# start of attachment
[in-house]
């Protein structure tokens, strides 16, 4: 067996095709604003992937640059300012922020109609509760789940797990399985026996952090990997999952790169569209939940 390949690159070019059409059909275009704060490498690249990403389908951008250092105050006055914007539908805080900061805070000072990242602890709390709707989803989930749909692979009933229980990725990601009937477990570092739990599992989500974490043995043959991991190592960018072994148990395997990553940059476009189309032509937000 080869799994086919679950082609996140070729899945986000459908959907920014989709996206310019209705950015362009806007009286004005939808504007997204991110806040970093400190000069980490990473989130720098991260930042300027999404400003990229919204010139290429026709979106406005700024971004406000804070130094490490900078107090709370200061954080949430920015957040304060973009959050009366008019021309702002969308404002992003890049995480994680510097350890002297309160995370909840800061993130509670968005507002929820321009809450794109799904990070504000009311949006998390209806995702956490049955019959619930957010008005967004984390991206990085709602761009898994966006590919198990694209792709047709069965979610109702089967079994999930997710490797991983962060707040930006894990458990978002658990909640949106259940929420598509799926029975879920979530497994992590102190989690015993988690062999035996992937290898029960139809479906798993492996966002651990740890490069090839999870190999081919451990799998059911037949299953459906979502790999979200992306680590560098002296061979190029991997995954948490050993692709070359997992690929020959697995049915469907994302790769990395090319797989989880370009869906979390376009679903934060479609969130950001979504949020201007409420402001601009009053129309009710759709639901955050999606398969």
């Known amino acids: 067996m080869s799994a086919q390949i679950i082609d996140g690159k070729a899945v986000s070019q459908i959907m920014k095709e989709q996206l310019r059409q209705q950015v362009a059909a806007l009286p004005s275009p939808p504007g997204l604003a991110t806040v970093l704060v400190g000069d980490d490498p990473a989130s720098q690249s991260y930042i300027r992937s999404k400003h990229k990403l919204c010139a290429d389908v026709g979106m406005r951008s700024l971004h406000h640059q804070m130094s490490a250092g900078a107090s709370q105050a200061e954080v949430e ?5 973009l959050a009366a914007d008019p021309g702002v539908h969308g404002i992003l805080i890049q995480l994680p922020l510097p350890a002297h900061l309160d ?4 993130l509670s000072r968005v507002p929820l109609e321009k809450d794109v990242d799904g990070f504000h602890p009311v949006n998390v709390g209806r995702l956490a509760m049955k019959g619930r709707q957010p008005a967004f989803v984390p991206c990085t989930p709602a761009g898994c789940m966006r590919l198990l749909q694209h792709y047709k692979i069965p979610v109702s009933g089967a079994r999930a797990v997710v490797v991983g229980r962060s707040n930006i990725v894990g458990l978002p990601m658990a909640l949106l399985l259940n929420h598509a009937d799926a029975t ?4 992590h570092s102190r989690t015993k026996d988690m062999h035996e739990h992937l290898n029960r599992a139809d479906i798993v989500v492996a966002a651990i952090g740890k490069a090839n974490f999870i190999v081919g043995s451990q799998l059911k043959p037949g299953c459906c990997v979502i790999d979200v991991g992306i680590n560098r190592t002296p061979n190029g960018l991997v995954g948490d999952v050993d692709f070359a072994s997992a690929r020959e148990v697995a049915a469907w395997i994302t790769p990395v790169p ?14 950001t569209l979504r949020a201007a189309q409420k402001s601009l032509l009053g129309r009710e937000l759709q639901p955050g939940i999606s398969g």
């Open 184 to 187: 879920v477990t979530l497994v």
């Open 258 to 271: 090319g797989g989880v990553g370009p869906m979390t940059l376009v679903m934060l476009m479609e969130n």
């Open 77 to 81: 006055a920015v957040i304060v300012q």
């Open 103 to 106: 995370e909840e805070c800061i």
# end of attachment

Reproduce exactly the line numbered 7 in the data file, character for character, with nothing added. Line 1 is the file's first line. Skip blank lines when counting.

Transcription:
């Open 103 to 106: 995370e909840e805070c800061i």